Fire commissioner says Safe Streets SF program could put community at risk

There’s been a lot of support for the Safe Streets SF project, which began in April of 2020 to give residents of San Francisco more elbow room to physically distance outdoors during the COVID-19 pandemic.

Safe Streets SF led several streets across the city to be closed to cars to emphasize pedestrian activity.

"I had thought what a strange thing to shut these highways down to all that traffic when there are walks on either side for the most part because there have always been trails on both sides for bicycles and so forth, but as I walk it just now I just think it’s wonderful," said Tom Reed of Daly City.

We caught up with Reed as he was taking a stroll on one of the San Francisco thoroughfares that were concerned to pedestrianly only, Great Highway that runs along the city’s Outer Sunset District.

San Francisco’s Fire Commission devoted much of Wednesday’s meeting to the topic where during public comment, a resident commented that he welcomed the continuation after previously being hit twice while on his bicycle. He said he can now safely navigate from one end of the city to the other through the network of Safe Streets converted roads.

But during the meeting, one issue took center stage following a report from Fire Marshal Dan de Cossio who said that there has been a delay in response times on average of five to 30 seconds over the last year.

"A concern of mine as the fire marshal is that this is at a time when we have reduced traffic volume given COVID restriction and what does that look like in the future when things ramp back up," said de Cossio.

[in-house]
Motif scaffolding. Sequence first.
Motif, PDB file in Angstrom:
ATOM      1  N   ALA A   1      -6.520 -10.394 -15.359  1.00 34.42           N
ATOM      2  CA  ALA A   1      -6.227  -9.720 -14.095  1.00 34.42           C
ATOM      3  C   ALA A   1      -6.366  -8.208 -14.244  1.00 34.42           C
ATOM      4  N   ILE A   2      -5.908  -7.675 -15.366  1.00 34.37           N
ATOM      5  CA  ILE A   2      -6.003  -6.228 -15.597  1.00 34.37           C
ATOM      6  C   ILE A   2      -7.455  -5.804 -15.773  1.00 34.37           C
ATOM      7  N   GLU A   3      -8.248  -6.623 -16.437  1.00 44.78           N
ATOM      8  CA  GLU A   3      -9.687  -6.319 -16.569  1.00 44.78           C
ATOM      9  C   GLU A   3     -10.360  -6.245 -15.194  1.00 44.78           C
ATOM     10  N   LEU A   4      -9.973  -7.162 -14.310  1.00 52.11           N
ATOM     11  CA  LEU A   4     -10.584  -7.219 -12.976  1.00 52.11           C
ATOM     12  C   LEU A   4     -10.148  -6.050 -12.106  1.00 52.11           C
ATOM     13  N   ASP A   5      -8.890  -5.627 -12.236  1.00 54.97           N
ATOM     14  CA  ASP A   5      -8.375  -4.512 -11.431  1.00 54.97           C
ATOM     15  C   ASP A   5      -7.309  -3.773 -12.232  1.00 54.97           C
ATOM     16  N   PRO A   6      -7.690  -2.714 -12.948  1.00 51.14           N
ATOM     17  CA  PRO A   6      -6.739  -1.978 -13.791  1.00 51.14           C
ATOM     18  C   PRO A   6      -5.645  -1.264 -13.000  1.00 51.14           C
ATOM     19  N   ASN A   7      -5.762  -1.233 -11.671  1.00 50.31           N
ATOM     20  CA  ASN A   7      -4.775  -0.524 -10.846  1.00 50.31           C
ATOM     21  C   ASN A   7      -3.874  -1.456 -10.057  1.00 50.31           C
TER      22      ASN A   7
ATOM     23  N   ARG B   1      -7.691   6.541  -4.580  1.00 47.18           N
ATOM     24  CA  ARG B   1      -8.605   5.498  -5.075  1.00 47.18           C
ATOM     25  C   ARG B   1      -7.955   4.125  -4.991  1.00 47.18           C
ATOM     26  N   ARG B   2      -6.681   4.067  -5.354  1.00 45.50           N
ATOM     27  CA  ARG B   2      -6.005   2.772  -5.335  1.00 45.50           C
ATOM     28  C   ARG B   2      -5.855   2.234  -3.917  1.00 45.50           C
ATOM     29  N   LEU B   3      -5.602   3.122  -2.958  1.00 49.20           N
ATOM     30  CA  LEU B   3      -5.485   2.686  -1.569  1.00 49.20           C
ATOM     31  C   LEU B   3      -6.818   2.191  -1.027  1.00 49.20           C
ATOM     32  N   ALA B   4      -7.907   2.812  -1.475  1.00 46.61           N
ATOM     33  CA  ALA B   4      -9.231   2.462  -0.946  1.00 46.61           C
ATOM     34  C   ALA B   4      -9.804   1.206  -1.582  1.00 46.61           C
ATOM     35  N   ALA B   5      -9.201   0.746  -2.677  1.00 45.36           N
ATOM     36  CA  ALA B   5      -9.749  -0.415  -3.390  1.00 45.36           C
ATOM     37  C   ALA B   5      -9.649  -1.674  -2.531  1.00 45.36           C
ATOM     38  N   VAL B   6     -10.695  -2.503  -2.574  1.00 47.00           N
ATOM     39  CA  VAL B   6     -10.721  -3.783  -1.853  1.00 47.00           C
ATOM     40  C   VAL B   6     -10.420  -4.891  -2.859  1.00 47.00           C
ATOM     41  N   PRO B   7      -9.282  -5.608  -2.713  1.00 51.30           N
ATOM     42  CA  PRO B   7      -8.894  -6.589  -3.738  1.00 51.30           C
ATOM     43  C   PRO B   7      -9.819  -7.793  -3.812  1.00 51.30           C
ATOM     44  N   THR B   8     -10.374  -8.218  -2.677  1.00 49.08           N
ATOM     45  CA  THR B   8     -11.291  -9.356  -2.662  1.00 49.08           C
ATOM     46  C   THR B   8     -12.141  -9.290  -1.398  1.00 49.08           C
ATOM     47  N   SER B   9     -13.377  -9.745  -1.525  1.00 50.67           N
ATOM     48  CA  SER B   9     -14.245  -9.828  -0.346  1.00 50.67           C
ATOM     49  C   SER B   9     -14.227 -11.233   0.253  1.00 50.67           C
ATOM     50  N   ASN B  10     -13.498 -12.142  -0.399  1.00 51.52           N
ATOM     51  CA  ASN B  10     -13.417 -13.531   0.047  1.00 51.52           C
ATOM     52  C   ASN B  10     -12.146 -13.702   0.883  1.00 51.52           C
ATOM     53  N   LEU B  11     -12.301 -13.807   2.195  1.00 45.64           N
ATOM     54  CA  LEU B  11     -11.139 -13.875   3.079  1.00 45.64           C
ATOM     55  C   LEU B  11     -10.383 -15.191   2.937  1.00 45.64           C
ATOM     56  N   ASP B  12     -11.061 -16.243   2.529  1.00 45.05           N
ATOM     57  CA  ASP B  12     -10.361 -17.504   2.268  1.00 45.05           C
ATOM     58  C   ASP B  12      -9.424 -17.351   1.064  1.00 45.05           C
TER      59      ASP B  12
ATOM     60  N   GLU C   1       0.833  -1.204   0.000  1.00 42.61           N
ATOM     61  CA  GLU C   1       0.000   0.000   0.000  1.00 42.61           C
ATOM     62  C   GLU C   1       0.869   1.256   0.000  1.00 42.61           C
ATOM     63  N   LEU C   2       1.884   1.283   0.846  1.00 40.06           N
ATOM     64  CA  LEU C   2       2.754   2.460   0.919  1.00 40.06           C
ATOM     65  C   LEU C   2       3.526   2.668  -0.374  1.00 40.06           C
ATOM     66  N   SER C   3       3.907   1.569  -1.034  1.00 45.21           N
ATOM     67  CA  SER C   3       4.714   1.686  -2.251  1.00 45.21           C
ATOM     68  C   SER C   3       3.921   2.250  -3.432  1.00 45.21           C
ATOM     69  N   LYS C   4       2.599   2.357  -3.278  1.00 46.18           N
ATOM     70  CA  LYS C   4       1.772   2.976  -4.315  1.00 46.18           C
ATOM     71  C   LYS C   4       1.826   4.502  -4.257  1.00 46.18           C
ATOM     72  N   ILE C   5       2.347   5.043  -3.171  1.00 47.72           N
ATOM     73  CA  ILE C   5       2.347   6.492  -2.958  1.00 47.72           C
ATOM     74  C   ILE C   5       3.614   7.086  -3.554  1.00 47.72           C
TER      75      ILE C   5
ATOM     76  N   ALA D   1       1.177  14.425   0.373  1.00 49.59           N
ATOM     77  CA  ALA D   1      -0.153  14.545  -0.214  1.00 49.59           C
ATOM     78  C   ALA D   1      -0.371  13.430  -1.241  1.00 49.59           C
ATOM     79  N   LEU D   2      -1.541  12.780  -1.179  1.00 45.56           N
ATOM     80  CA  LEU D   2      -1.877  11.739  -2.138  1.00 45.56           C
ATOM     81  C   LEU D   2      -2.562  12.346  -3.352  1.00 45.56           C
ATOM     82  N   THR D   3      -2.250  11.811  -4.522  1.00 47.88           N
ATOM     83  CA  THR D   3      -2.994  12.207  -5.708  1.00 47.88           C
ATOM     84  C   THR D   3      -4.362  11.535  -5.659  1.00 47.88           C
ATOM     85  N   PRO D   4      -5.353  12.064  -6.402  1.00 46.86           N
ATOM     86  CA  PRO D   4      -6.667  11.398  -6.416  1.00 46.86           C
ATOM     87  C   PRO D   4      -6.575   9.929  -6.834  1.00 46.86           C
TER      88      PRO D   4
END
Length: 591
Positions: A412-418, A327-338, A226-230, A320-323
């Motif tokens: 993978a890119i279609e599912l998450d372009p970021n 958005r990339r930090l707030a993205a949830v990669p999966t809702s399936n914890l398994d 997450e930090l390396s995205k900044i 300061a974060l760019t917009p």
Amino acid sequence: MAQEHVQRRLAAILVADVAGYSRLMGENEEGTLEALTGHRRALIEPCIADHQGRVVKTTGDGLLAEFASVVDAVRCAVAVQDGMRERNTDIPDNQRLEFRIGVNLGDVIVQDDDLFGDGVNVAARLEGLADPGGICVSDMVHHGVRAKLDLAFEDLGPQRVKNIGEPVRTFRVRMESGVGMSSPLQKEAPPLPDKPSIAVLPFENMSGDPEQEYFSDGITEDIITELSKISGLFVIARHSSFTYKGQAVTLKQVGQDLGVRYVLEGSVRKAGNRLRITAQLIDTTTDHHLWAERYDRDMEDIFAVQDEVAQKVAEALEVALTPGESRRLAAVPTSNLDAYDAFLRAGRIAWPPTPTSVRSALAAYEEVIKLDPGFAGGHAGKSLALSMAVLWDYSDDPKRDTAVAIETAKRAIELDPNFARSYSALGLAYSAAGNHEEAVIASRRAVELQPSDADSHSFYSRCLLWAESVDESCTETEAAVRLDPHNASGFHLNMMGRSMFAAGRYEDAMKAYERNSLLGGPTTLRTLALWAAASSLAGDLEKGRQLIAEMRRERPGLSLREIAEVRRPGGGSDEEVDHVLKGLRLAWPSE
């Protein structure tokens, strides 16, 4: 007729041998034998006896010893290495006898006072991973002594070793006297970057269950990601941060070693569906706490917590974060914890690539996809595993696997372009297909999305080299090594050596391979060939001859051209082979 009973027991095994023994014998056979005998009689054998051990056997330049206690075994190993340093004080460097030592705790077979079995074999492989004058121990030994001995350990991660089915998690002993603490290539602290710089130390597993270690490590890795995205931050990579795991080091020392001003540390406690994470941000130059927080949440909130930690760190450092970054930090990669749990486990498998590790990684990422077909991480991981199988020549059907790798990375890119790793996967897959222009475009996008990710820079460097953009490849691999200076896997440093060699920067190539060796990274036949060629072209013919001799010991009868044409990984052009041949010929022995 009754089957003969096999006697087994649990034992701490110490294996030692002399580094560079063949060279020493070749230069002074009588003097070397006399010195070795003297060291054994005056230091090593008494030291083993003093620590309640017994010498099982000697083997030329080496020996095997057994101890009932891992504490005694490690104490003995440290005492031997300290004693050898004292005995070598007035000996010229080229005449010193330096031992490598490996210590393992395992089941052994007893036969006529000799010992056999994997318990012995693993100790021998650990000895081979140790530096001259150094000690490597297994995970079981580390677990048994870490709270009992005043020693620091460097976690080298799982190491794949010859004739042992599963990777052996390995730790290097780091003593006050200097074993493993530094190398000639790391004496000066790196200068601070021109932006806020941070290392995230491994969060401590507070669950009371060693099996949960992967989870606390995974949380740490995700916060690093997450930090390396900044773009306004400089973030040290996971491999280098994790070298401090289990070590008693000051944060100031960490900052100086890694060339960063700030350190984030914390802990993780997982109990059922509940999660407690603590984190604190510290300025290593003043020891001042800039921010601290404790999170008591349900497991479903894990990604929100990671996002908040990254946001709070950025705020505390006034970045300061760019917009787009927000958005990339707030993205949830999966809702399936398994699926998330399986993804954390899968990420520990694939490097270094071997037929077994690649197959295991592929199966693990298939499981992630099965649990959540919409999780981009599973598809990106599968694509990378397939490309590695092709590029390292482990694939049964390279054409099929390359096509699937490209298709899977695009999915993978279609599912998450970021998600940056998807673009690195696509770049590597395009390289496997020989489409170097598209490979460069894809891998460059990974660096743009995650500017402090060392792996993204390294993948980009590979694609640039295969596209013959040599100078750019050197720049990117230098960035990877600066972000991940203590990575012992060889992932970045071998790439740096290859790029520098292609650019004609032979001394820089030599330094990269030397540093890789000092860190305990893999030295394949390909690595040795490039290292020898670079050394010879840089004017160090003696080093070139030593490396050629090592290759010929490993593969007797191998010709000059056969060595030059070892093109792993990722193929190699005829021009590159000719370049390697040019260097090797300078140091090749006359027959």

The revelation drew a sharp response from Fire Commissioner Francee Covington, who expressed concern that the Safe Streets project could put the community at risk.

"When you talk about a delay of five seconds or 30 seconds, you have to really if your house is on fire, that’s a lifetime to you that is not just a stopwatch period of time," said Covington.

In response, Jeffery Tumlin, director of SF Municipal Transportation Agency, the division that oversees the safe streets, told the commission the program is designed to slow cars and still enable emergency vehicles to respond to incidents promptly.

Representatives from SFMTA told the commission that it would examine the data collected and return before the commission in July with an update and a list of recommendations.